To the Steel-Helmet Wearers, written and directed by Pejmān Abdi, is a tragi-comic fantasy about war which succeeds in keeping the audience fascinated throughout the one-hour performance. It was on stage in Bārān Venue, Tehran, in February and March 2017.

Three soldiers who are killed in the war are waiting to board a spaceship. The machine, according to the Angel of Death, is supposed to transfer them to the Hereafter. However, their trip will only be possible if all the seats on the vehicle are filled. Therefore, the three are waiting impatiently for the number of casualties to rise to 200, and desperately looking forward to more reports of new deaths. This seemingly never-ending wait, along with the soldiers’ conflicts with each other and with the Angel of Death, creates a grotesque limbo full of suspense, absurdity, and paradox, suggesting the meaninglessness and stupidity of war.

The first half of the play consists of conflicts between the two ghost-soldiers from opposing sides. Arpiagee is a representative of a country superior to that of Kalashinkenov’s in terms of civilization and culture, so he tries to prove his higher position by belittling and mocking the latter. It is as if the war between the countries, fought over the ownership of an island, continues between these two ghosts in miniature. Meanwhile, employing bitter sarcasm, the Angel of Death unmasks the seemingly heroic deeds of the soldiers and exposes their selfish and spurious motivations. The soldiers, who have sacrificed themselves to defend their country, are now counting the seconds for the battle to get worse and the number of casualties to grow. Victory or defeat no longer matters to them; their sole wish is that the spaceship be filled with more and more killed soldiers. That is, their freedom from the situation they’re trapped in will happen on the condition that the war continues as bloodily as possible. This condition puts the play into an intertextual dialogue with Bertolt Brecht’s Mother Courage, in which war is a gift from God for the antihero, and her prosperity depends on it.

The most outstanding feature of the play is the highly effective use of humor, abundant in dialogue and actions but employed in an admirably controlled way. This humor is not driven to horseplay and buffoonery in any part of the play. While making the audience laugh, the sarcasm and humor keep their minds active and alert. Humor creates a distance between the audience and the stage, giving them the chance to think about the absurdity of war. The absurdity is epitomized in the soldiers’ anger at hearing the news of an unexpected truce, which to them means only that there’s no longer a chance of their leaving limbo.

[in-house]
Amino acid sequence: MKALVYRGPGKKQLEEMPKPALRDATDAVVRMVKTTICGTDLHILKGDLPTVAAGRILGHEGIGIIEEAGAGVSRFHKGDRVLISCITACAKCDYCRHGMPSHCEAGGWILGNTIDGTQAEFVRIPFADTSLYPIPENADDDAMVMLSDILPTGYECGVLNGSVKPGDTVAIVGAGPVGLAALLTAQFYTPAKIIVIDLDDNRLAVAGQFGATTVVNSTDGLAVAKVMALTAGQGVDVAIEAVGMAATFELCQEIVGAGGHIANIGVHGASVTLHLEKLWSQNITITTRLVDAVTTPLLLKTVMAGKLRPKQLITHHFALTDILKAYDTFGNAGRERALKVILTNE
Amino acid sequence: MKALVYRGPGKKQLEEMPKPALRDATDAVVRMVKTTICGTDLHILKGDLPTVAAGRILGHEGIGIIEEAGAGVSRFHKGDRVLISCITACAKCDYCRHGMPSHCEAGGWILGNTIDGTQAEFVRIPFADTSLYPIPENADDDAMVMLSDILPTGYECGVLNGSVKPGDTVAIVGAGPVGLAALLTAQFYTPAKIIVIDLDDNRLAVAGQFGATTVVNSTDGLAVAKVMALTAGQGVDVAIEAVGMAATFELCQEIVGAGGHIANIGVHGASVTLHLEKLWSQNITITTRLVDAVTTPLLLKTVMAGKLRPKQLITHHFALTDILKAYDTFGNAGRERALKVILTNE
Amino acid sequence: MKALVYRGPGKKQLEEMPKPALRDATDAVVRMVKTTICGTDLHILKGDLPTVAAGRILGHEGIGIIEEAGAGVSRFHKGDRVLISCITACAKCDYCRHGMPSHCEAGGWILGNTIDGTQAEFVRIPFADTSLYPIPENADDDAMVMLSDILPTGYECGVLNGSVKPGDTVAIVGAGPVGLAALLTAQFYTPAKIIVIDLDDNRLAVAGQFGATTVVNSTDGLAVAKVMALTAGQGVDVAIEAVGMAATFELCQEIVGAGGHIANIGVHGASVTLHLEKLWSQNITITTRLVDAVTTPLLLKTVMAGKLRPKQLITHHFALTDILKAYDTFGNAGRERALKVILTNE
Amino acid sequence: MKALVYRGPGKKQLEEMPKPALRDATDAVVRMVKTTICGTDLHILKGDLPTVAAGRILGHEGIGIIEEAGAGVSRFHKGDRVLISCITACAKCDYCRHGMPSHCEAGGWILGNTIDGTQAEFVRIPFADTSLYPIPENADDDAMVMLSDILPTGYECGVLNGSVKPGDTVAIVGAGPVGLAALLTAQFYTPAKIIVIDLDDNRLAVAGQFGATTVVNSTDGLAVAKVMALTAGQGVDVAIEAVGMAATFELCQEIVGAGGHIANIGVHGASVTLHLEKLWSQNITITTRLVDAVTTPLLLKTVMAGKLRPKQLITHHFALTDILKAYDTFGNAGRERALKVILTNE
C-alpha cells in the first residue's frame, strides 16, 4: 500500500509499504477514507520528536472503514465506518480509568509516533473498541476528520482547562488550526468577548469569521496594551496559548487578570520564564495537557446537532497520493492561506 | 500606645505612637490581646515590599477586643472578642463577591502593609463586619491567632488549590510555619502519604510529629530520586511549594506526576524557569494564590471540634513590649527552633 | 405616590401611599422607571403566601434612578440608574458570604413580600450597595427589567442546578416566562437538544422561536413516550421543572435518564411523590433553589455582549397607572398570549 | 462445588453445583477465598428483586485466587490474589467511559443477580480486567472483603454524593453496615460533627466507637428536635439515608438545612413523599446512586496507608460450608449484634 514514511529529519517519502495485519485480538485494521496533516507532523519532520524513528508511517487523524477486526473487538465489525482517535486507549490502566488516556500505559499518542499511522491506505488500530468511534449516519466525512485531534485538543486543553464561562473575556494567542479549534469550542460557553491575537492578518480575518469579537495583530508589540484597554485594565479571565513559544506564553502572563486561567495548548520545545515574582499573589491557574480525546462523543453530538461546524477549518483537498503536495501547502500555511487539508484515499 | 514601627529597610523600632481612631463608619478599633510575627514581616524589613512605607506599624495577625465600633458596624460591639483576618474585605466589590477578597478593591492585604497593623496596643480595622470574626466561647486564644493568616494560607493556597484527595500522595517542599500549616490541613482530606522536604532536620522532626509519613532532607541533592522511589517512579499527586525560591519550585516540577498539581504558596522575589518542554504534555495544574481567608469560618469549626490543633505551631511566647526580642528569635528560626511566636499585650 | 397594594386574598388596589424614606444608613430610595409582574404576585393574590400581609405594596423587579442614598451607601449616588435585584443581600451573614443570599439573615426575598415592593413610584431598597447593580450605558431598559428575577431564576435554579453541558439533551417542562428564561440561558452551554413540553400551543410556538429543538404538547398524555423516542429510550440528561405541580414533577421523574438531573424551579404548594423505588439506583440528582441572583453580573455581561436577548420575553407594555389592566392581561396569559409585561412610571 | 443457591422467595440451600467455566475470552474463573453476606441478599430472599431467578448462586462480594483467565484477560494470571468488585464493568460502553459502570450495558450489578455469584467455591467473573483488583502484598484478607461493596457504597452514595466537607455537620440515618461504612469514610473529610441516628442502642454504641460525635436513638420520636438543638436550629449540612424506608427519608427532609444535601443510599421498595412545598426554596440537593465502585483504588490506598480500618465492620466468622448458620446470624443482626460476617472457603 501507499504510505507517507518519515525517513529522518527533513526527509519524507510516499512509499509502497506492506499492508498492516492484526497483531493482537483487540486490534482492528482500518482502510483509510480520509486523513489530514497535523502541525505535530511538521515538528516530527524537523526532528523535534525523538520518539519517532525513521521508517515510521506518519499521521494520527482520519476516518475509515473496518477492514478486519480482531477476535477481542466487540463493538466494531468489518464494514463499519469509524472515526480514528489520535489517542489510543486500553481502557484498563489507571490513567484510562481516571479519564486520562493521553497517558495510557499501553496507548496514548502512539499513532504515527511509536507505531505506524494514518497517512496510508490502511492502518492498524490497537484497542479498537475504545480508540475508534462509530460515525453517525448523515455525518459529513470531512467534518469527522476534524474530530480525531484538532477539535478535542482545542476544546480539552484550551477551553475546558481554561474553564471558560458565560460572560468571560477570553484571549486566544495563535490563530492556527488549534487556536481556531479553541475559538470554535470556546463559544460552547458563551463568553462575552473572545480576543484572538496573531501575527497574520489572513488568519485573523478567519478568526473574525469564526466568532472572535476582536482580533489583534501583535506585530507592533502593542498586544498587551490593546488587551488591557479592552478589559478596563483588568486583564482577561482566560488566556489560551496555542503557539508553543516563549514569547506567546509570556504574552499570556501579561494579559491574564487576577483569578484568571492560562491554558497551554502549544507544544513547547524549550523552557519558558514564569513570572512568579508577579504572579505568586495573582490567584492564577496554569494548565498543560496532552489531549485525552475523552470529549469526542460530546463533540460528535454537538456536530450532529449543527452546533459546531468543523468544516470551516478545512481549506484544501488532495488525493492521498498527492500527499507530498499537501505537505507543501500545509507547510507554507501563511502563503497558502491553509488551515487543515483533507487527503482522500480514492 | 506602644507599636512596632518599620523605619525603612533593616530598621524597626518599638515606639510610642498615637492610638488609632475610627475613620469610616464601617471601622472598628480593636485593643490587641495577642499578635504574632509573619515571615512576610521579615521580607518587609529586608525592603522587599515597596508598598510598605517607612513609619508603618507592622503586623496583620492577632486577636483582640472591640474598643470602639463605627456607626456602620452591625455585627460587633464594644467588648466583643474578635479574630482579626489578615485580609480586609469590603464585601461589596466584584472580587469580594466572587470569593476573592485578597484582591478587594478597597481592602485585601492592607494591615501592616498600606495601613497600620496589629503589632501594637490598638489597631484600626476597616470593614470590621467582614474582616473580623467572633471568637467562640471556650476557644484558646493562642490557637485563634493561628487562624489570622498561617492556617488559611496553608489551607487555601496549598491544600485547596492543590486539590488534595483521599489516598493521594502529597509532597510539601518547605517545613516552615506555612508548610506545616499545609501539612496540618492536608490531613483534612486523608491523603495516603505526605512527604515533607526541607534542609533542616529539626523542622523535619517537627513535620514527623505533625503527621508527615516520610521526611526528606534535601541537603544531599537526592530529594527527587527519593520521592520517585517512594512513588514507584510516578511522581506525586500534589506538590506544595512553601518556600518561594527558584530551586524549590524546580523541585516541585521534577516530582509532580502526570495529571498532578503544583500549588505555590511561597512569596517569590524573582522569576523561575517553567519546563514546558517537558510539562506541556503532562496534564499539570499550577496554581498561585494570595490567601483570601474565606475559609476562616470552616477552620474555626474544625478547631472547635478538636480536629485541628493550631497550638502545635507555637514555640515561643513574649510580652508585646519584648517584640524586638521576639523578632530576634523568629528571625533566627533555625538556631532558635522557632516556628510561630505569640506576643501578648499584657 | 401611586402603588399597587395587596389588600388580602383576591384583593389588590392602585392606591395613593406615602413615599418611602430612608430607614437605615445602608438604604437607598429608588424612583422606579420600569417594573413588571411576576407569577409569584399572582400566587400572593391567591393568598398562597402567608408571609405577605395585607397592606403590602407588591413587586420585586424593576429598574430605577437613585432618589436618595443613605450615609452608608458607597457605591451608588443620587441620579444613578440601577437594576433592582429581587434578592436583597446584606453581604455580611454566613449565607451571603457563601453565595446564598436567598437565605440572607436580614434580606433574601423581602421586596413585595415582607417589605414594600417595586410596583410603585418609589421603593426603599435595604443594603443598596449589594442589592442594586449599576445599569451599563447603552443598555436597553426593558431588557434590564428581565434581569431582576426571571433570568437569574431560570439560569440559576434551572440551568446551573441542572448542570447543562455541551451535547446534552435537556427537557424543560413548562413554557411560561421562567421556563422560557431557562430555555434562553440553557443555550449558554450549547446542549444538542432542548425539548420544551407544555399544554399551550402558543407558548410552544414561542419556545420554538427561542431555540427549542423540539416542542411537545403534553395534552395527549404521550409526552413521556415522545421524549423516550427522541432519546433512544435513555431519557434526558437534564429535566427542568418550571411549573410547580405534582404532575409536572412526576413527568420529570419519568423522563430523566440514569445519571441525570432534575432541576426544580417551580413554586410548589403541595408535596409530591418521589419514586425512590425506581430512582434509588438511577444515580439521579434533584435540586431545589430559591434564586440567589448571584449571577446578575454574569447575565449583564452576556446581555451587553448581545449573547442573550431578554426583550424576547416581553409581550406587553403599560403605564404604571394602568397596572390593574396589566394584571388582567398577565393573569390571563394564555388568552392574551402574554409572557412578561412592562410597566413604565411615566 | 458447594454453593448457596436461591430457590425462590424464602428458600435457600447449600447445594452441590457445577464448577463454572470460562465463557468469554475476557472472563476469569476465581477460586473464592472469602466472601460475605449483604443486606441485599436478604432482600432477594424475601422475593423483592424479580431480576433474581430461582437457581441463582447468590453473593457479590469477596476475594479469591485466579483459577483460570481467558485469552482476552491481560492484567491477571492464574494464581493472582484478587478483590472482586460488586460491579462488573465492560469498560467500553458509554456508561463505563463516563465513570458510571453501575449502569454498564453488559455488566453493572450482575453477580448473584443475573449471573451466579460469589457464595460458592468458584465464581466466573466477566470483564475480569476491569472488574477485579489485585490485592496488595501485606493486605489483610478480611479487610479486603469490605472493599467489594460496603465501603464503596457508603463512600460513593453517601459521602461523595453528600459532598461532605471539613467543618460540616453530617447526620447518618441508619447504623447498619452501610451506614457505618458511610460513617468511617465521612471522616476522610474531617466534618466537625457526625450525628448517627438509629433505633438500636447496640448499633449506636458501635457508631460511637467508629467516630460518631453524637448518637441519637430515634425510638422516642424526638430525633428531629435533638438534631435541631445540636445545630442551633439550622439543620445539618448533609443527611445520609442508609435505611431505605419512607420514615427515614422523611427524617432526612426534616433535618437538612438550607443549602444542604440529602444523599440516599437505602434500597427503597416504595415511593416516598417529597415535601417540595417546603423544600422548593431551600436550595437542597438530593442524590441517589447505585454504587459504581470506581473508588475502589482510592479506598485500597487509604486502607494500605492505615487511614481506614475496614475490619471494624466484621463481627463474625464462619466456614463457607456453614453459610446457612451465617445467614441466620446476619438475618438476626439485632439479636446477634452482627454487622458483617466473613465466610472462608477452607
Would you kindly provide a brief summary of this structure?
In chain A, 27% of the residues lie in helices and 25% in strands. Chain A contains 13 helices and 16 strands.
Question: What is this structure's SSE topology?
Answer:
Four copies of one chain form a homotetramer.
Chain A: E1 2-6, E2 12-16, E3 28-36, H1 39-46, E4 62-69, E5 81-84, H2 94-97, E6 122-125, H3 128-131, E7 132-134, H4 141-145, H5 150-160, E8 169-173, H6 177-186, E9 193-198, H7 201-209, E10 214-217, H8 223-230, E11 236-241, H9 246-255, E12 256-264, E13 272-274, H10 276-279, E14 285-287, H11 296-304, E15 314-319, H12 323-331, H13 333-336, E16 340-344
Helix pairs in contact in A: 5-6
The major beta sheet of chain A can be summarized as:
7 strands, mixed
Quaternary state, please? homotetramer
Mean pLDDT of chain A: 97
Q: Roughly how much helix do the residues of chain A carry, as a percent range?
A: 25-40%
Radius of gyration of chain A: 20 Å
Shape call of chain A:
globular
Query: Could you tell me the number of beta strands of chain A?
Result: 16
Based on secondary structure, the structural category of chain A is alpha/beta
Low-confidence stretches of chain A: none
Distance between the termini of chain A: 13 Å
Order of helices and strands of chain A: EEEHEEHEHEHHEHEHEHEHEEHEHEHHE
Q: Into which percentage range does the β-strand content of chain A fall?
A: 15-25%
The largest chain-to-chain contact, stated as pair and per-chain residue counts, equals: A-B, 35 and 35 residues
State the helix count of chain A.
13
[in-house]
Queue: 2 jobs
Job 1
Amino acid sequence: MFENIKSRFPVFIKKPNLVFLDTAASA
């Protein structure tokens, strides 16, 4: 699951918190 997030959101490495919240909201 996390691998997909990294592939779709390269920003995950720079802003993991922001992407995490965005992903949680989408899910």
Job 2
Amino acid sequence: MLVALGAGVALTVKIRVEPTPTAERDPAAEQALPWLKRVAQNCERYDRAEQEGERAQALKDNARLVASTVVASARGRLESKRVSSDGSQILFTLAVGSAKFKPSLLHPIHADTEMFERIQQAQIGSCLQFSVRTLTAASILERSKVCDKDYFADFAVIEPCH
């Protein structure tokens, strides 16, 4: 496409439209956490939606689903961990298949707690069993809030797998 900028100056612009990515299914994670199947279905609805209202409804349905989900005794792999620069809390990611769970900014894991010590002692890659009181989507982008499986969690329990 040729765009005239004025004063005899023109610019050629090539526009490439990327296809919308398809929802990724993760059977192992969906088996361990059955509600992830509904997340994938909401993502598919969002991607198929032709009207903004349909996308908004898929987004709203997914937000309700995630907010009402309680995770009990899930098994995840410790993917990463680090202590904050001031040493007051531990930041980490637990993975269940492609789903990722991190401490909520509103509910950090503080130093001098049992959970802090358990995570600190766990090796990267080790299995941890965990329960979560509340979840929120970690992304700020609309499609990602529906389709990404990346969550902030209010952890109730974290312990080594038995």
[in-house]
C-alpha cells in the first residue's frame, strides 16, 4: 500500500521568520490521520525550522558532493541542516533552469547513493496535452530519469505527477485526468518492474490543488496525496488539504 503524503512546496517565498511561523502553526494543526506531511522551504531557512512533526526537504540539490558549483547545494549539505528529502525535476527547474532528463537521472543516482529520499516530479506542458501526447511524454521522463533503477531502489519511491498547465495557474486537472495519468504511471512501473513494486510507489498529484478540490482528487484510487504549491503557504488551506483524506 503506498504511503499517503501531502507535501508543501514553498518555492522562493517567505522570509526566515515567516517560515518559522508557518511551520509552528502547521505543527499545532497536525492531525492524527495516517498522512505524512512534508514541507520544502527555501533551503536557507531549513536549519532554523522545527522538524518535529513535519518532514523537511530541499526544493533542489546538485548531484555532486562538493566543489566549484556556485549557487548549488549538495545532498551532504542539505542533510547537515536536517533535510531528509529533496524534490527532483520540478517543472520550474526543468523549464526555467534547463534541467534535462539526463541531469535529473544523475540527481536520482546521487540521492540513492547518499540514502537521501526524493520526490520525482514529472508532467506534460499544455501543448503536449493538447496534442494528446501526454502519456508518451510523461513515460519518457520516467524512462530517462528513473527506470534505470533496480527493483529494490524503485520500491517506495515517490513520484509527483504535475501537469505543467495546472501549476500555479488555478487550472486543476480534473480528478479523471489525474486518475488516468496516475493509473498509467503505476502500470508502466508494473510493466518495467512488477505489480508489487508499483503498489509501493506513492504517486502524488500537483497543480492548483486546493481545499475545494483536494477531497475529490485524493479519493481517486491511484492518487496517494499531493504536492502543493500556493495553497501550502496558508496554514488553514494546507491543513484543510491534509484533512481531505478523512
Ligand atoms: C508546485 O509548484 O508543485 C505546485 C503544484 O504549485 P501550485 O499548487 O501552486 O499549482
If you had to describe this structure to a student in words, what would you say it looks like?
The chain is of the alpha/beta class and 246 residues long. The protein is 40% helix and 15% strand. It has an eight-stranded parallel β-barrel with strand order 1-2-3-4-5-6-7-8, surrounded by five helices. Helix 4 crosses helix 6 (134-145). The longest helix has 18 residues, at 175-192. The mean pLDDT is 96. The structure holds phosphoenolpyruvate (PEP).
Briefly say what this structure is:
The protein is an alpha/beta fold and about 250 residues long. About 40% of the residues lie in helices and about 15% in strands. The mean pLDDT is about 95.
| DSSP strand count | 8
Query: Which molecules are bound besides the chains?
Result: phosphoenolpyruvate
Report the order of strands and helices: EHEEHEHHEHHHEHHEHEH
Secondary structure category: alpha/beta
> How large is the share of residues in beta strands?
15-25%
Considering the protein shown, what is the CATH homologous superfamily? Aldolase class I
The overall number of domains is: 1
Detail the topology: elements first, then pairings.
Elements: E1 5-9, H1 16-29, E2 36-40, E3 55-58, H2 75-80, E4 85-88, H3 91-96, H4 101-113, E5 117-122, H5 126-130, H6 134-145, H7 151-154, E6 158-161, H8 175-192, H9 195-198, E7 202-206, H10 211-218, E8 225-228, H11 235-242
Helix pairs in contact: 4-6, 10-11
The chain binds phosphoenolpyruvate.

The cast has been selected based on sound judgment. Mahtab Shirvāni, Mohammad Ali Hosseinpour, Misāgh Zāreh and Pejmān Abdi all have the outstanding verbal and physical skills needed for their roles, and are quite capable of performing humorous actions and dialogue. The cast’s high proficiency and control testified to a rigorous rehearsal schedule.

Each of the four characters has a distinct individual identity and is characterized as much as needed. The director is sensitive enough to keep the beat of the action high throughout the play. One of the best examples is introducing the third ghost, Doshenkov, after a large portion of the play has passed between the two enemy ghosts, and when the audience is not expecting a new character. Doshenkov’s introduction to the play breathes new life into it and drives the dramatic action in a new direction.

The play has other strengths, such as the effective use of music and minimalist decoration. The sole props on the stage are a rough metallic wall separating limbo and the world of the living, and the white wooden boxes, which seem to contain ammunition and are also used as seats.

Overall, none of the dramatic elements imposes themselves on the audience, and all are in service of the play’s main goal, which is to depict the absurdity and meaninglessness behind the soldiers’ heroic bravery and patriotism. Even Arpiagee, who throughout the play boasts of the bravery of Arthur, his country’s legendary hero, realizes the hollowness of this myth.

Using effective humor, dynamic characterization, painstaking direction, masterful casting, appropriate music and creative decoration, To the Steel-Helmet Wearers is an enchanting performance which keeps the audience highly satisfied to the end.

To the Steel-Helmet Wearers.Poster by by Vahid Yaghoubian

This post was written by the author in their personal capacity.The opinions expressed in this article are the author’s own and do not reflect the view of The Theatre Times, their staff or collaborators.